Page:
“Concrete always cracks!”
When concrete cures, it shrinks by about 1%. This happens because water from the wet concrete mix is chemically bound during the hardening process (it does not evaporate!). Therefore, large concrete slabs require at least some rebar and evenly spaced contraction / control joints to limit cracking.
The grooves we all know from our sidewalks are examples for such joints. On floor slabs like we have here, we usually cut small grooves into the surface at columns and at regularly spaced distances. You can see some of those in the atrium floor and the second floor, but they were omitted on the third floor.
Also, any structural floor deflects a small amount under its own and other structural weights. In this case, we have a CLT wood-concrete composite floor system that spans perpendicular to the hallway direction. Floor deflection then creates tension at the top of the floor along the center row of columns, which is the cause for small structural cracks.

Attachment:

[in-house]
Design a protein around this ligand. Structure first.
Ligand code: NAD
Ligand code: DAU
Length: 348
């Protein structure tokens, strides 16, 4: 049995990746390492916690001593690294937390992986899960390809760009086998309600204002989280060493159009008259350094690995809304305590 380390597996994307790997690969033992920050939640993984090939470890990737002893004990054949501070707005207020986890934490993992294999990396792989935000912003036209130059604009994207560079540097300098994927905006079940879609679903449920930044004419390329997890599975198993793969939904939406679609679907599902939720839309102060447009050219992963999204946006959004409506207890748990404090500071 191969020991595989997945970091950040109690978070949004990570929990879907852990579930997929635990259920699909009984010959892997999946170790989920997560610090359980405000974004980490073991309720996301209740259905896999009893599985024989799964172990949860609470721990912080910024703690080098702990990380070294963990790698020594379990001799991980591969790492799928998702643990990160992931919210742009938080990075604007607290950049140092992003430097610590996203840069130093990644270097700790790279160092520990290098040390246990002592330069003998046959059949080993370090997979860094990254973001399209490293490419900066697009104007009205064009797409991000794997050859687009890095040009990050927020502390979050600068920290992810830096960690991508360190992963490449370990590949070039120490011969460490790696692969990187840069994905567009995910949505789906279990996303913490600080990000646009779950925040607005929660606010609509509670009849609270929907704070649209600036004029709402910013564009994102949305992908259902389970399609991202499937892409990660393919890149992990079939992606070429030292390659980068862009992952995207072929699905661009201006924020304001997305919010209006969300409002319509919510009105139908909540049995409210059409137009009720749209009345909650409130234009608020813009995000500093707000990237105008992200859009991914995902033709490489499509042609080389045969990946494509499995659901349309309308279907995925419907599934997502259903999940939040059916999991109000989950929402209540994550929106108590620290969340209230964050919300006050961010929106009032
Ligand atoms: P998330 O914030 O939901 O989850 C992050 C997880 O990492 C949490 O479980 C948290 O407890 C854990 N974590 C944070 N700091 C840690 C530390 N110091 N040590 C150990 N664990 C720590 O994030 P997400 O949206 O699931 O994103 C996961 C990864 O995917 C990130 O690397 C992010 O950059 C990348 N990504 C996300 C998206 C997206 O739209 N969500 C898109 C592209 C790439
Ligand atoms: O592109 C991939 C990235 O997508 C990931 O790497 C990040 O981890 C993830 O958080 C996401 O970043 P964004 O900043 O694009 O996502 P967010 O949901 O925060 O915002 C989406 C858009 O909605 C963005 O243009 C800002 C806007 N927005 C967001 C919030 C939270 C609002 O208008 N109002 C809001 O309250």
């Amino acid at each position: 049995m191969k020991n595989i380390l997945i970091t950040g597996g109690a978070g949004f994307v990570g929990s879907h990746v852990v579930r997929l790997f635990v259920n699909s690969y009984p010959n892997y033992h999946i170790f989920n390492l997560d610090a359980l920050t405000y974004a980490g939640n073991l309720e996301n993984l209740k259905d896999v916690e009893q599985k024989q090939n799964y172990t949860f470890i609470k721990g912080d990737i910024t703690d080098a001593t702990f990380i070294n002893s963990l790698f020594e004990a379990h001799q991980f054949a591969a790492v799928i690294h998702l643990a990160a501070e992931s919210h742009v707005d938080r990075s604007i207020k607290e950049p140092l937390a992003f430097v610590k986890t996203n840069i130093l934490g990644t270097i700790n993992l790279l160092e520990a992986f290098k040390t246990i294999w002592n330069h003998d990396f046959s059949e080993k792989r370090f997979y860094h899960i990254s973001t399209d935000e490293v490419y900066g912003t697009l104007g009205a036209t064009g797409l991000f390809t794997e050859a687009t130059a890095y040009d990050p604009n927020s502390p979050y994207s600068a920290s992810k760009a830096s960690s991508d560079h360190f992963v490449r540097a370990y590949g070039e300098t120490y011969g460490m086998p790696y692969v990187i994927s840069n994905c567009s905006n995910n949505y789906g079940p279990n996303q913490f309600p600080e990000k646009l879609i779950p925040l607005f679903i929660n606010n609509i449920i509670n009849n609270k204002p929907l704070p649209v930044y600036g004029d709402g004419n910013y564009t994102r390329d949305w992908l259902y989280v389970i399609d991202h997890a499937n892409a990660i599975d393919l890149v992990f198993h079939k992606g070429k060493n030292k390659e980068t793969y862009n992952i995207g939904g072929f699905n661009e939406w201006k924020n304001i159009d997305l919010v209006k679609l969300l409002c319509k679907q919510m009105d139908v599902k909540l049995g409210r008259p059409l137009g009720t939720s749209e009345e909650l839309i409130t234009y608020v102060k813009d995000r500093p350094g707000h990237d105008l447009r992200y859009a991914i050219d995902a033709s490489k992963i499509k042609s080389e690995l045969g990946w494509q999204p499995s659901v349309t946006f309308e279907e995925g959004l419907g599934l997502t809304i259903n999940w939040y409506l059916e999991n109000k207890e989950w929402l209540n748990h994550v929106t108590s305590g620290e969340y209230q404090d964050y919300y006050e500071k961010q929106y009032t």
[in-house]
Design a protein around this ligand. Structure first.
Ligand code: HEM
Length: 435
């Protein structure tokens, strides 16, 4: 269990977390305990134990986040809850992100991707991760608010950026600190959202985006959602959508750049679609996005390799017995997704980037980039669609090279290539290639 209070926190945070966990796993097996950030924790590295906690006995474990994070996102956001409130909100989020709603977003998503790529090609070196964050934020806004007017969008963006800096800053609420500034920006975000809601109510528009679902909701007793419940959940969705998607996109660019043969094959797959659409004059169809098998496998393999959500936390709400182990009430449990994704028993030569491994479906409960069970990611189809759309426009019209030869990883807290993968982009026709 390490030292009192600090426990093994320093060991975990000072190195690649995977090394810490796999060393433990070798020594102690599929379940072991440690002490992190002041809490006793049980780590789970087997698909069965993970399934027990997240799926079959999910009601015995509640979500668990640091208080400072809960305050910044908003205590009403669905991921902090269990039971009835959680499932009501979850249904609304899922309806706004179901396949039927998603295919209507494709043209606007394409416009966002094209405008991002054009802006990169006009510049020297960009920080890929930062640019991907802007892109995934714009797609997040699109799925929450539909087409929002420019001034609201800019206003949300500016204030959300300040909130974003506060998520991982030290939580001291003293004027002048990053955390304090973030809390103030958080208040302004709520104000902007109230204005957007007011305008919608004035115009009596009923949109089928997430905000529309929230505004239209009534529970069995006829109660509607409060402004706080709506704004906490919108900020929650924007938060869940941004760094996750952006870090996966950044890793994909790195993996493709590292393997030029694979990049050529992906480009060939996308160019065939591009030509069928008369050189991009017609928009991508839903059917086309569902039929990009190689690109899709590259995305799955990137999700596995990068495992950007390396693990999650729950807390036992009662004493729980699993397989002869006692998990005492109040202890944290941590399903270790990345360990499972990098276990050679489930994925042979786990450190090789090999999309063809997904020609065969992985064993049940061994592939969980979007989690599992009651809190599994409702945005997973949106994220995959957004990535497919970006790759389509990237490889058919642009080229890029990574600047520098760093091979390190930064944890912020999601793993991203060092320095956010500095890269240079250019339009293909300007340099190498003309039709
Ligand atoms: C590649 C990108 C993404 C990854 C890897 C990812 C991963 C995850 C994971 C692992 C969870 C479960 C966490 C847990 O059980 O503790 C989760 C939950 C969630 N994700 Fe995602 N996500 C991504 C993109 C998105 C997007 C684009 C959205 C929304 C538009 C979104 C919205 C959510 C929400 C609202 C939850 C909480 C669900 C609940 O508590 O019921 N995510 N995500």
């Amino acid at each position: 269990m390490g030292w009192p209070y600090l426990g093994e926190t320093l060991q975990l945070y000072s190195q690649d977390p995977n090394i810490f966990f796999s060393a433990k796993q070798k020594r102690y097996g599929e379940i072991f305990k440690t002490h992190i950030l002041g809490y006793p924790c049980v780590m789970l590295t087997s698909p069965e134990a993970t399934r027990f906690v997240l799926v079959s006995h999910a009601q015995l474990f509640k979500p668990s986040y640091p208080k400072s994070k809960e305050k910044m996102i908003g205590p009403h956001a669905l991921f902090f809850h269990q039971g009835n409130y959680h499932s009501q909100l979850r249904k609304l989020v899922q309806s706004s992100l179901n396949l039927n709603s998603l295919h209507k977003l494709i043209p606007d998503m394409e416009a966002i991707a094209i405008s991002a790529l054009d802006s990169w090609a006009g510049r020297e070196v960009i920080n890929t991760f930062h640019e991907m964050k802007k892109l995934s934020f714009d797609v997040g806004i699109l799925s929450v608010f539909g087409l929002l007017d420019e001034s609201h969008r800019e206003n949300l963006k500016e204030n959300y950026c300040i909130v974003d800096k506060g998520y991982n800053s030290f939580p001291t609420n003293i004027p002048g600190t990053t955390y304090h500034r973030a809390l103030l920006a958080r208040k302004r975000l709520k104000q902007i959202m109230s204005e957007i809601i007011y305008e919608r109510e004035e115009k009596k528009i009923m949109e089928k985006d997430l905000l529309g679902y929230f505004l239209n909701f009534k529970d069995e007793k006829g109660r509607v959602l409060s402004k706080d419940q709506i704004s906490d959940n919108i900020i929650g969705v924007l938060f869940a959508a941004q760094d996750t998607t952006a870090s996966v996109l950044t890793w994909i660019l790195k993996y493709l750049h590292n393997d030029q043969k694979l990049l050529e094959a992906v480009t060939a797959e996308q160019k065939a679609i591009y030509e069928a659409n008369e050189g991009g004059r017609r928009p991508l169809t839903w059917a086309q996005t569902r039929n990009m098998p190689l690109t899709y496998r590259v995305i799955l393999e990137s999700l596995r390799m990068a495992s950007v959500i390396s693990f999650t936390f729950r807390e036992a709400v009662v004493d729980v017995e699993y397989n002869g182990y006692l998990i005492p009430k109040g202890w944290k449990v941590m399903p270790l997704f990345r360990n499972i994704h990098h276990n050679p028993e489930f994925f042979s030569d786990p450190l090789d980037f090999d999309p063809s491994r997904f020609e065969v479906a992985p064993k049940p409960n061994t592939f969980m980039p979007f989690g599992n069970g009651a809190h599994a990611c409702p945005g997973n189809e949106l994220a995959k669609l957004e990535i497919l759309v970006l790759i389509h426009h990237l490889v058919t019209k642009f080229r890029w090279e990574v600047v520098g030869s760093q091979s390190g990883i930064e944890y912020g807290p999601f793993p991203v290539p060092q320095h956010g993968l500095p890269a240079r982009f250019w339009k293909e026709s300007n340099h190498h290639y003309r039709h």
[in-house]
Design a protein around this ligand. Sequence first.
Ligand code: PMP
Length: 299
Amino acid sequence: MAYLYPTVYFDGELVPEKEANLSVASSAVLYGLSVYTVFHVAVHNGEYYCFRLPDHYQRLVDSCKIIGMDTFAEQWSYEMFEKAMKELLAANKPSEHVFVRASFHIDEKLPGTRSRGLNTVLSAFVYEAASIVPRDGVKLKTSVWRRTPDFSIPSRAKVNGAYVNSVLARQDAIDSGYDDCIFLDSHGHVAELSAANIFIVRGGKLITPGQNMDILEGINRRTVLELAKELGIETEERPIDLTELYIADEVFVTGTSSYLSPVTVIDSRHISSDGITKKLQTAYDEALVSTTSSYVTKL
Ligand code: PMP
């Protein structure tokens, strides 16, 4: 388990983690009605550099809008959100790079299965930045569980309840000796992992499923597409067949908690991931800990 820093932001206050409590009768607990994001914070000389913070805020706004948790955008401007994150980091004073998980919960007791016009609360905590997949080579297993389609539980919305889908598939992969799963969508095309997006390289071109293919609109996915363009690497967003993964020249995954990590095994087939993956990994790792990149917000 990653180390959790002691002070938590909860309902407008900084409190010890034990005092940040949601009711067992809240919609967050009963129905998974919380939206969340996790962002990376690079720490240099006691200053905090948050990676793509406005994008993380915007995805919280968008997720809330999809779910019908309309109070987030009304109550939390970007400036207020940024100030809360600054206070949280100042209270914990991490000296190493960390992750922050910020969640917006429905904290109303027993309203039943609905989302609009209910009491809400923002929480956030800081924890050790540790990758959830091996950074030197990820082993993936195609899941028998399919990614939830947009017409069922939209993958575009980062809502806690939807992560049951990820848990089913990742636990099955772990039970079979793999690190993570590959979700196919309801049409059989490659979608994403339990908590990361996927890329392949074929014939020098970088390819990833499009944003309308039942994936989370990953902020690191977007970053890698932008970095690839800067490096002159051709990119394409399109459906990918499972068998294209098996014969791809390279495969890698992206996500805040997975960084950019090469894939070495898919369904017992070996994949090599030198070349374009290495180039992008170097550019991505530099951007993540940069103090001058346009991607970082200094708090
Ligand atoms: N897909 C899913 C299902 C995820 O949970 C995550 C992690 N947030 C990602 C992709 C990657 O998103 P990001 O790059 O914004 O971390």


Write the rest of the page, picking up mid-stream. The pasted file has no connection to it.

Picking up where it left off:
The cracks you see on the floor have been widened so that they could get filled in easily, which makes them more visible than would usually be the case.
Long story short: These cracks are normal to any concrete construction and control joints would have prevented them.